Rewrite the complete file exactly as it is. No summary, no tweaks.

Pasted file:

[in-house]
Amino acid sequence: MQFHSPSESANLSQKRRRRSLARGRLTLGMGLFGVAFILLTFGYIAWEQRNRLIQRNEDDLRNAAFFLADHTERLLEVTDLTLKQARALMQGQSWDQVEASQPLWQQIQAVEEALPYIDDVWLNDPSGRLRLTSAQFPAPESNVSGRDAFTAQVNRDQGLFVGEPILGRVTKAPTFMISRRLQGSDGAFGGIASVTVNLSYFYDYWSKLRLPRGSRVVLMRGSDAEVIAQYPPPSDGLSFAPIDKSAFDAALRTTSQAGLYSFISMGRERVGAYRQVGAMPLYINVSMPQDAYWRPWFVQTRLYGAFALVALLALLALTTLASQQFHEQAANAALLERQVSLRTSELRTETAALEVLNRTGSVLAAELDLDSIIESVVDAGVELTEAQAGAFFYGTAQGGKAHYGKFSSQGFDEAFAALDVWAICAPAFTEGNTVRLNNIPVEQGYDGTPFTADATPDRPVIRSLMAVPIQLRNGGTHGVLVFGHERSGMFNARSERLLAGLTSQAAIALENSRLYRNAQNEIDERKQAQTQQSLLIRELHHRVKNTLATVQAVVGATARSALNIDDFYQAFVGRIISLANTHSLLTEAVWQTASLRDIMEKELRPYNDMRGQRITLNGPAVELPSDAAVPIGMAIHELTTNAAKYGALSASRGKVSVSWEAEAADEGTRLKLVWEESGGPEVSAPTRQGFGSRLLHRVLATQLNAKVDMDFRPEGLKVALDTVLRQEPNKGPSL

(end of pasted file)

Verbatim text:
[in-house]
Amino acid sequence: MQFHSPSESANLSQKRRRRSLARGRLTLGMGLFGVAFILLTFGYIAWEQRNRLIQRNEDDLRNAAFFLADHTERLLEVTDLTLKQARALMQGQSWDQVEASQPLWQQIQAVEEALPYIDDVWLNDPSGRLRLTSAQFPAPESNVSGRDAFTAQVNRDQGLFVGEPILGRVTKAPTFMISRRLQGSDGAFGGIASVTVNLSYFYDYWSKLRLPRGSRVVLMRGSDAEVIAQYPPPSDGLSFAPIDKSAFDAALRTTSQAGLYSFISMGRERVGAYRQVGAMPLYINVSMPQDAYWRPWFVQTRLYGAFALVALLALLALTTLASQQFHEQAANAALLERQVSLRTSELRTETAALEVLNRTGSVLAAELDLDSIIESVVDAGVELTEAQAGAFFYGTAQGGKAHYGKFSSQGFDEAFAALDVWAICAPAFTEGNTVRLNNIPVEQGYDGTPFTADATPDRPVIRSLMAVPIQLRNGGTHGVLVFGHERSGMFNARSERLLAGLTSQAAIALENSRLYRNAQNEIDERKQAQTQQSLLIRELHHRVKNTLATVQAVVGATARSALNIDDFYQAFVGRIISLANTHSLLTEAVWQTASLRDIMEKELRPYNDMRGQRITLNGPAVELPSDAAVPIGMAIHELTTNAAKYGALSASRGKVSVSWEAEAADEGTRLKLVWEESGGPEVSAPTRQGFGSRLLHRVLATQLNAKVDMDFRPEGLKVALDTVLRQEPNKGPSL